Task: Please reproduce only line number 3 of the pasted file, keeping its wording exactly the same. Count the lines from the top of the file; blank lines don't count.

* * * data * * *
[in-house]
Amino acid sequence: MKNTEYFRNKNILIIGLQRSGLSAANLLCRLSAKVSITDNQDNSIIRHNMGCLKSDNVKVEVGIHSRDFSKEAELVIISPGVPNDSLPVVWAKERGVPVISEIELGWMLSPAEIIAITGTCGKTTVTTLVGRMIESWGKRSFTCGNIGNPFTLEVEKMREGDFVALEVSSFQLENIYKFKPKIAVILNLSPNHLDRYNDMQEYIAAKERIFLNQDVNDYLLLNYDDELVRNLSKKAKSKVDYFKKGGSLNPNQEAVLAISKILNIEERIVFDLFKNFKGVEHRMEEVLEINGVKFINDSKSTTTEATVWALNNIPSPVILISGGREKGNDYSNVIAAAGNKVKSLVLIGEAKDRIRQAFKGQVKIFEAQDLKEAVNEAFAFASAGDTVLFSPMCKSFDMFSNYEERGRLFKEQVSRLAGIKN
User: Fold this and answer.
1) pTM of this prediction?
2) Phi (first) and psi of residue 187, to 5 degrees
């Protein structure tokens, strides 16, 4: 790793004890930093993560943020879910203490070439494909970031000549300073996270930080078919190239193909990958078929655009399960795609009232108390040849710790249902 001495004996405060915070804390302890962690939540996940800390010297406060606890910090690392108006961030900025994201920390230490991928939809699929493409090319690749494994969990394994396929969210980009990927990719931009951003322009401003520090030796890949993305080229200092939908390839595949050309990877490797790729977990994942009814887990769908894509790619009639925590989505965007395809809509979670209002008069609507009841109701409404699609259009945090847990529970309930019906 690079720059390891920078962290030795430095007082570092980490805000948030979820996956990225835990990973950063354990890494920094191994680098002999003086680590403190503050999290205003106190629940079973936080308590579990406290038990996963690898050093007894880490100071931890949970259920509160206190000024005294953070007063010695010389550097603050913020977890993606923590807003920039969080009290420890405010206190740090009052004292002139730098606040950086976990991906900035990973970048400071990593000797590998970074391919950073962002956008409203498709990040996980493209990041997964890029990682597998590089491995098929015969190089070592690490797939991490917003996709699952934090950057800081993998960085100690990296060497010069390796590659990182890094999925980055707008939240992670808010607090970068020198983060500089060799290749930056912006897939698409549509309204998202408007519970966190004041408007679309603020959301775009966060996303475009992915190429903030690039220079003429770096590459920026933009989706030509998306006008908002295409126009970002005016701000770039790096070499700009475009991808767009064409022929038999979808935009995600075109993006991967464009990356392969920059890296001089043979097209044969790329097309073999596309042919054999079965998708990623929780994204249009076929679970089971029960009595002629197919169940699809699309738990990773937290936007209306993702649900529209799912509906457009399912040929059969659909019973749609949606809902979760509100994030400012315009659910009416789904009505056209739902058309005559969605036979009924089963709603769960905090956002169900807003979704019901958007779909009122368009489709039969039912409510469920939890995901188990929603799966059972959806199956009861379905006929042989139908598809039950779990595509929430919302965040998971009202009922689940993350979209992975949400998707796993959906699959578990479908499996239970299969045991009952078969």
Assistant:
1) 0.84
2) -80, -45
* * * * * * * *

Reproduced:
User: Fold this and answer.